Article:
One had a very low level. The 2nd was OK, but will lockup if you change the volume too quickly requiring shutdown & powerup. It also is relatively noisy compared to other shotgun mics. Might be OK if you are using it close to a source and trying to reduce competing sounds, but I want to use it to pick up distant, weaker sounds. And there's a low-level rhythmic "beep" that might become noticeable if the environment is quiet enough.

    These cheap electronic designs from China often suffer from poor engineering, debugging and firmware development. The UHF transmitter/receiver may be better, but you need to ensure that, if it's not, you're not saddled with a dud.

    An omnidirectional mic is much less troubled by wind noise that either a cardioid or a super cardioid. But the lack of discrimination may well be a big problem: the crowd is a lot louder than the ball-hit and player yelling. So having the ability to return the equipment if it's unsuitable for what you want to do will be important.

    Dan.
     
    Last edited: Sep 5, 2018
  6. Terfyn

    Terfyn
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    Two points:-
    (1) I use a BOYA radio mic. BOYA BY-WM5 works well.
    (2) Check on the legitimacy of the transmitting frequencies for the two channel mics. I was told the BY-WM8 two channel wireless mics operated on frequencies that are not licensed in the UK. These look very similar to the ones you propose to buy. (badge engineering?) The WM5 works within the approved band.
     
  7. 12harry

    12harry
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    Good point Terfyn, in the UK mics now use UHF - the downside being the extra power needed for a given range. With football match + overtime that could be an issue.
    VideoDad.... are you "in" with the football club, such that you could attach a small item high on goalposts? You might like to look at GoPro "look-alikes" (at about £50 each.)... whilst their sound is not good, you would also video the goal-action, and the audio will be far better than a quality shotgun mic at a considerable distance.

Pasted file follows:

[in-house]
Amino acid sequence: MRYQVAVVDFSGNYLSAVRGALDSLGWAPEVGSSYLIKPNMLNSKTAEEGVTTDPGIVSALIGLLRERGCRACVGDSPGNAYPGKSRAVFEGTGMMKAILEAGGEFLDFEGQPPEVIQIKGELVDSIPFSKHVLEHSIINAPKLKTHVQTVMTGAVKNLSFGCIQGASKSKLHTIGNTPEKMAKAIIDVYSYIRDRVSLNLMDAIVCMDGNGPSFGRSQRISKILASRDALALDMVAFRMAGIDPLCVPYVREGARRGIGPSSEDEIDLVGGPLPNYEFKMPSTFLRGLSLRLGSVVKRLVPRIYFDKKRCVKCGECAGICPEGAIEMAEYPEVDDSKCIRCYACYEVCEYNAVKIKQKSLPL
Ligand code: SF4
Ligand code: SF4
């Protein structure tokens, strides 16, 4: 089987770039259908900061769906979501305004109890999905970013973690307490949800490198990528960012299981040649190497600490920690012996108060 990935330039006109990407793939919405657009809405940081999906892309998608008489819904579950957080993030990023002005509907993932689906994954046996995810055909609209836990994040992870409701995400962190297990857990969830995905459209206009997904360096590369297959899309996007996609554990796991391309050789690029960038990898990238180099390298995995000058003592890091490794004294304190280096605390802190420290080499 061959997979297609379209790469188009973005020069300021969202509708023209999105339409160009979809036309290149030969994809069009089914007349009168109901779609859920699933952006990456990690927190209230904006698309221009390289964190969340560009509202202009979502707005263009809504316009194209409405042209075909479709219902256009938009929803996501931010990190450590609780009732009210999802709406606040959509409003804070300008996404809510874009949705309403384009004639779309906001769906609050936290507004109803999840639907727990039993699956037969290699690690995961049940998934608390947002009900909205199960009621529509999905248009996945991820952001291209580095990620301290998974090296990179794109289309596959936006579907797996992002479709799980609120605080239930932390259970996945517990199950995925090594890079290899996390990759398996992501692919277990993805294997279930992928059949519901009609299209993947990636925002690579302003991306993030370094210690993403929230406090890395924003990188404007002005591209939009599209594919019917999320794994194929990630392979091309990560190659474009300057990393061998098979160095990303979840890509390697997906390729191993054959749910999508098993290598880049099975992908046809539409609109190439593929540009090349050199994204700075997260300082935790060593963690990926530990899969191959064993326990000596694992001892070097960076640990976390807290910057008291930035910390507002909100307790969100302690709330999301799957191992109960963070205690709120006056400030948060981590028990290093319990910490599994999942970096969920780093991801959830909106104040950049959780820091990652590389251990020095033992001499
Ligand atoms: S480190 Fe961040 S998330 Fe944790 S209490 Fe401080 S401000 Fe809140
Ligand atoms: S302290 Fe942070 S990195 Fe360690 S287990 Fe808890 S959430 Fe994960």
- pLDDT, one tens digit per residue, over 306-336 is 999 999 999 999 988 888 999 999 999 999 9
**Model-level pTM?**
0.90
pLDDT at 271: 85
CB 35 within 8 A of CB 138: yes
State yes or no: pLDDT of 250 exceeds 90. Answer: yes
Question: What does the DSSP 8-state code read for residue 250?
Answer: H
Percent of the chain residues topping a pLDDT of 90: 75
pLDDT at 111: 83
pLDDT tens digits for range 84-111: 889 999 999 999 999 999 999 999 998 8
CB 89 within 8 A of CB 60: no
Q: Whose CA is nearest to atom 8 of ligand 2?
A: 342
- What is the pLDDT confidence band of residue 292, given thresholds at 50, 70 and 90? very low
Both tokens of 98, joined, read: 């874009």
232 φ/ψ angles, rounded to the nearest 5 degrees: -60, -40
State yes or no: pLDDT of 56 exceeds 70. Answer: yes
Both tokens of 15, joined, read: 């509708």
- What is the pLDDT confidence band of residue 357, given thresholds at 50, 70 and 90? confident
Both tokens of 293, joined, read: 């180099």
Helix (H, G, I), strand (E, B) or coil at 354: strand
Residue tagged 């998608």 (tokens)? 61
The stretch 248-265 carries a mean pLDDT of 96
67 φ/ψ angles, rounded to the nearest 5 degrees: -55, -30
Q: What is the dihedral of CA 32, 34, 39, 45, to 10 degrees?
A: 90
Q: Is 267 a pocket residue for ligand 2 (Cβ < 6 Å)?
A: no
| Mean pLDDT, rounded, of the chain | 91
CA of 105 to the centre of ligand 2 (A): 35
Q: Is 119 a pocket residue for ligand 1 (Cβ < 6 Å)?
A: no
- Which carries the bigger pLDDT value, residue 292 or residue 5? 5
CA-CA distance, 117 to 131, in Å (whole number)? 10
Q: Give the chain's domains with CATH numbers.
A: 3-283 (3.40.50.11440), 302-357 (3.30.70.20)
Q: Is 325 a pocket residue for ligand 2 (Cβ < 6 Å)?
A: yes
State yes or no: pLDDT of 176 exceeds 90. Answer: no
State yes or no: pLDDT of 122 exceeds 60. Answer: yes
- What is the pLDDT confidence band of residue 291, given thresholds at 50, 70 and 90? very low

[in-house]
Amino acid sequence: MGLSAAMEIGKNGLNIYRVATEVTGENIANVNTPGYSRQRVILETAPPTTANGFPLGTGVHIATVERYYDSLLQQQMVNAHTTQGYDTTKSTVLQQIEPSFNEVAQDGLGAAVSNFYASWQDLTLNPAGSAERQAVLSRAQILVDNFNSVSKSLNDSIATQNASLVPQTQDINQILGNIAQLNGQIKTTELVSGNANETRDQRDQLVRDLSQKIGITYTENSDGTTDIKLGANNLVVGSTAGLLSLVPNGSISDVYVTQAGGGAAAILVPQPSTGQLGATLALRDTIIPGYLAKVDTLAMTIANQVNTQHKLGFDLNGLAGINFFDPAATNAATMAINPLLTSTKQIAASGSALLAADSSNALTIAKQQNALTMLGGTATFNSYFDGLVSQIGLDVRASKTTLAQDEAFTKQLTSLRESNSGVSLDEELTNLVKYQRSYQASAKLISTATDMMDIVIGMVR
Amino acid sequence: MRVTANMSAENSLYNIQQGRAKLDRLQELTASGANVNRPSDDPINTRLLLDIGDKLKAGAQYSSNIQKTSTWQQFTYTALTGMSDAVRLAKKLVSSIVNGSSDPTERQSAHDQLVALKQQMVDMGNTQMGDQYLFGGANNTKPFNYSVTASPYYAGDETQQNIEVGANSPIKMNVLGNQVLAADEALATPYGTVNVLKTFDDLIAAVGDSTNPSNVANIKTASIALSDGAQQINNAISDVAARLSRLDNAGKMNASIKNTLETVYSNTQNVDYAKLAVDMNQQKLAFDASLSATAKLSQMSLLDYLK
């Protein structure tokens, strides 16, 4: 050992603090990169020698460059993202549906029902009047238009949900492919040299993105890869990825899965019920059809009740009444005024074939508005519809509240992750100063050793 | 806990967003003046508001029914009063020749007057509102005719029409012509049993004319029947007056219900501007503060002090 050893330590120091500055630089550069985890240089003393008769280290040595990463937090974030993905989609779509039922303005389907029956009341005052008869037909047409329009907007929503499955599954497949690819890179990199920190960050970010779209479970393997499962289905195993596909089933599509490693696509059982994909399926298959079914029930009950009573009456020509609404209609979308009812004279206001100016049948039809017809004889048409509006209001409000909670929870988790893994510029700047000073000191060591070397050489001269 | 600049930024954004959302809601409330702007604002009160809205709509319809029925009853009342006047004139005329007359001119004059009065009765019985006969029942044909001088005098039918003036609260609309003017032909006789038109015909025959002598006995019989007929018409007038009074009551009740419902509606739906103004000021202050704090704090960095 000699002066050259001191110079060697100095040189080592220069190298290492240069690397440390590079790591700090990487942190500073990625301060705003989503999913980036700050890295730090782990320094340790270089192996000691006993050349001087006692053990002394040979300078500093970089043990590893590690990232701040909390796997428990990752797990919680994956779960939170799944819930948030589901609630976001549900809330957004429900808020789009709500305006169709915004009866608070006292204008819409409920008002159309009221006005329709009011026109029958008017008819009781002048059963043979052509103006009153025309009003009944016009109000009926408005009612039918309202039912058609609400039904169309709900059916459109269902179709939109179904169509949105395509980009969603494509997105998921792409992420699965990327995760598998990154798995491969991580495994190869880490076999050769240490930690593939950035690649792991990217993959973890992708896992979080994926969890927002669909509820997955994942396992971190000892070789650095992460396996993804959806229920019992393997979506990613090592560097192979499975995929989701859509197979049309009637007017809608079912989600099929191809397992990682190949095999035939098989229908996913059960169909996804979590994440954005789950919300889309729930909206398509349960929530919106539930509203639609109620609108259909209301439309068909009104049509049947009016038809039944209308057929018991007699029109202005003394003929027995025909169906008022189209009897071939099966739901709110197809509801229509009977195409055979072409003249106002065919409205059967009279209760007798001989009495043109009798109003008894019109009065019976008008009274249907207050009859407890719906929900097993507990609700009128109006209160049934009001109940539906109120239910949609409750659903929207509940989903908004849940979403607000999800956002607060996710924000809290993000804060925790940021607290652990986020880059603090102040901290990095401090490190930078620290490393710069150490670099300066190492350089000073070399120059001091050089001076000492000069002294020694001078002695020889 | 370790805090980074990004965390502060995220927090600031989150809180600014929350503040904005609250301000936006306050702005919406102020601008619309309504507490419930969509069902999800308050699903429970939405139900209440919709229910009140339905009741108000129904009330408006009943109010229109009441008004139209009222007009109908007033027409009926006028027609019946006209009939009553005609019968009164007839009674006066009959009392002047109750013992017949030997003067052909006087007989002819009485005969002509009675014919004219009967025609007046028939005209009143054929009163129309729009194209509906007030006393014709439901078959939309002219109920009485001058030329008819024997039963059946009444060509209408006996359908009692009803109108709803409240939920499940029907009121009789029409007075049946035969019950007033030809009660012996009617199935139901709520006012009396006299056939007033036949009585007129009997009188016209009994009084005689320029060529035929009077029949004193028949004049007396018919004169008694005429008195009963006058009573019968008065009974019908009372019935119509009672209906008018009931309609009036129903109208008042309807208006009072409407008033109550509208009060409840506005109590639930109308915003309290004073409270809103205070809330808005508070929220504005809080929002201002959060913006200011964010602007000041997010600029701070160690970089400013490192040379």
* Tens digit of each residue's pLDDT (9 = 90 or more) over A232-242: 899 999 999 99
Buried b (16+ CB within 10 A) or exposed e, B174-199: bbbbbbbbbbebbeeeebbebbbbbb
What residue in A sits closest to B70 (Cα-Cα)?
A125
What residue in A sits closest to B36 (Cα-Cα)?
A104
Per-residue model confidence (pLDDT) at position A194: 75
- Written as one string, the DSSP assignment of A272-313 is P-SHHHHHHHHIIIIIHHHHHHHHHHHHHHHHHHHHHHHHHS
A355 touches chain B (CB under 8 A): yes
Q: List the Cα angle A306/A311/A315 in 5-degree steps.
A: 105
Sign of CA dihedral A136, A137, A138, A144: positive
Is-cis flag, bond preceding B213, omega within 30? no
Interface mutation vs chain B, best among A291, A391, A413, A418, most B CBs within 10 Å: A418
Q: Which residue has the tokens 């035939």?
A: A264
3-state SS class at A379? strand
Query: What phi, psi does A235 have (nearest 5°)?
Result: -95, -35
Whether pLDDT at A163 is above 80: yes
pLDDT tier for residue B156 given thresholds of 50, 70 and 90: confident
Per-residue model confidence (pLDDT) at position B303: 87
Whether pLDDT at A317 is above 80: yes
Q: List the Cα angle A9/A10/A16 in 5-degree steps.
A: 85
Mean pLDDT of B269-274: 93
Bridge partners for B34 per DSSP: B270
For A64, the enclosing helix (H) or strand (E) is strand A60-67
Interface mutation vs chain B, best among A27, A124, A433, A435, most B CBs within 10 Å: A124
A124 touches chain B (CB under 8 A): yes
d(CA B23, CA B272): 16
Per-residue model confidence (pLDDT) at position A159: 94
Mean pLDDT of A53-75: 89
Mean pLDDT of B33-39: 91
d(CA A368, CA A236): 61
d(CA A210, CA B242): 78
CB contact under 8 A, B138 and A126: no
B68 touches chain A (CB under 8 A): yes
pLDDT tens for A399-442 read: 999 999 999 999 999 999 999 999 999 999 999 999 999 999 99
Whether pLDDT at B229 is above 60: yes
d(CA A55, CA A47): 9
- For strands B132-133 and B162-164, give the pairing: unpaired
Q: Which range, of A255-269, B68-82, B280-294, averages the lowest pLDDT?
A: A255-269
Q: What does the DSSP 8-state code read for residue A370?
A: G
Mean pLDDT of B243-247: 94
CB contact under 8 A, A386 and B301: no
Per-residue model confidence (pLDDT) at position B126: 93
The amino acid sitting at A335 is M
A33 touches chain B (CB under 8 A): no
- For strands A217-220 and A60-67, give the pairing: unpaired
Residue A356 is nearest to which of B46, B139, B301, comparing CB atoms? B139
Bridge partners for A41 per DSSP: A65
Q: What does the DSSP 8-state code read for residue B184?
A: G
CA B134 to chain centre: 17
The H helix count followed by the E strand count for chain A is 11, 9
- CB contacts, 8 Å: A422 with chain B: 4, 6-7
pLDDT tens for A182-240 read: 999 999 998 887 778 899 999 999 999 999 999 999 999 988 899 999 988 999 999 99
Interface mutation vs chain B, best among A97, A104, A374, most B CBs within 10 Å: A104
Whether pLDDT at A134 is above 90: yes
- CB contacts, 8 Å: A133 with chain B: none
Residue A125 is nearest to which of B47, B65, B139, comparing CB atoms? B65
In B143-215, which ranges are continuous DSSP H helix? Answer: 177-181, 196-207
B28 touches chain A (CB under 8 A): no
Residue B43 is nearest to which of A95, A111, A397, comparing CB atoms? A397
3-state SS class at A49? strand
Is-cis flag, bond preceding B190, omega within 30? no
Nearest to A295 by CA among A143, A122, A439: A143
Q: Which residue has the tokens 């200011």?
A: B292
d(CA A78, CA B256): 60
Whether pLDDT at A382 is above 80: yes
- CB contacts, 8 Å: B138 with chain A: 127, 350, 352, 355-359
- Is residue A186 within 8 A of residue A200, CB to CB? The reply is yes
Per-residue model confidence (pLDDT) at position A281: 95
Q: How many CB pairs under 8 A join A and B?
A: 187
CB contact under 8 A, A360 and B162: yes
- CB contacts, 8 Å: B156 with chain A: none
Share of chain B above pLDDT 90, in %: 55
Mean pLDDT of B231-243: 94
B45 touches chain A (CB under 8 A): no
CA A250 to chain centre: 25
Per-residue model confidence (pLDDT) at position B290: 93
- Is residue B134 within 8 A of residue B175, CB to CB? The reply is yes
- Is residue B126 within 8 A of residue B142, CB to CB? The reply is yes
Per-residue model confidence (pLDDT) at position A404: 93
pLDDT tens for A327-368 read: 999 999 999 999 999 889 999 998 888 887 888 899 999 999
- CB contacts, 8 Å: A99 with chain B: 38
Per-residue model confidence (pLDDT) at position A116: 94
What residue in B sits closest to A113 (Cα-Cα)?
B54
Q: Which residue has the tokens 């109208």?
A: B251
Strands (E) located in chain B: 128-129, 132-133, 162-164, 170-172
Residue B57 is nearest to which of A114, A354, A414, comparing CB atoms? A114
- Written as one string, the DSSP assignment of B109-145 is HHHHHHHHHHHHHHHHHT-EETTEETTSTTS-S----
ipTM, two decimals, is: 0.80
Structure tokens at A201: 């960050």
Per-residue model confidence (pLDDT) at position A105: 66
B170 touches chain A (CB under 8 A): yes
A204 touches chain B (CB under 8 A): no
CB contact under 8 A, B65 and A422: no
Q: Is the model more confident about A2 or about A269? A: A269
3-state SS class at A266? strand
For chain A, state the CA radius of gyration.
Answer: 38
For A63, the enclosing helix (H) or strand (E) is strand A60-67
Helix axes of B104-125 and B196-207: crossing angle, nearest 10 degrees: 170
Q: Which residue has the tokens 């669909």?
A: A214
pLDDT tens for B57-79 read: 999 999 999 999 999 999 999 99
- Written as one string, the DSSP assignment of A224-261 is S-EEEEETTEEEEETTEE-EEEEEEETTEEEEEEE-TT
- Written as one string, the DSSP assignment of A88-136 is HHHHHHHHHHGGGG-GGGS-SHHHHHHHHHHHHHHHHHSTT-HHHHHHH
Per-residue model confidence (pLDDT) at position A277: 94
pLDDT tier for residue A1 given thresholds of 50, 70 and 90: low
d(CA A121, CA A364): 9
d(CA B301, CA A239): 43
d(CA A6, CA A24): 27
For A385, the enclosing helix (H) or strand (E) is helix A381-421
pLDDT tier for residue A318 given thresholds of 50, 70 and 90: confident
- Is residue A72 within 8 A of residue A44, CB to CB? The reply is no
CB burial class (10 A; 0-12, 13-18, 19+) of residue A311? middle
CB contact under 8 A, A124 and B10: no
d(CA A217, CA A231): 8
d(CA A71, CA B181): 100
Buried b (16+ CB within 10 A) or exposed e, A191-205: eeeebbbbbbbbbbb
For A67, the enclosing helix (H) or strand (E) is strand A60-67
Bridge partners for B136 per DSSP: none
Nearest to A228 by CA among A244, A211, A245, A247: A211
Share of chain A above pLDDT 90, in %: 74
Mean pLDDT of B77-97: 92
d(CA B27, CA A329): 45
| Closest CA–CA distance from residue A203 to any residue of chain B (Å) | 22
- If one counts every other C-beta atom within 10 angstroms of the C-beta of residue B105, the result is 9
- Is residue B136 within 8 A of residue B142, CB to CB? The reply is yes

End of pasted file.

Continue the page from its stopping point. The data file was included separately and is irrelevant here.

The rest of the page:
The greatest issue will be safety, so place it well out of harm's way and pref with a safety-cord to prevent it falling, if it's struck by the ball. You may like to design a quick-attach bracket so the whole can be dismounted for Memory + Battery-changes at half-time. The ones with a waterproof cover have almost zero audio - but you might be able to retain the waterproofing ( against rain ) along with the protection against impact, while achieving some good audio ( with the help of a drilled-hole and some "fluffy" material against wind-noise ). You might like to buy a model that sells the "housing" separately, to experiment as it were.

    The above should improve your film-making with an investment about £100 plus some effort in adaption . . . Having goal-shots and their audio could be pretty amazing IMHO. BTW...You'll just have to tone-down your excitement for your mid-field camcorder.
    Incidentally, the only time I filmed football, from the stands, I had great difficulty judging where the ball would land . . . obviously the players can guess and eyes adjust to sky-brightness better that when peering at the LCD screen.... how do you find/fix this aspect?

    Cheers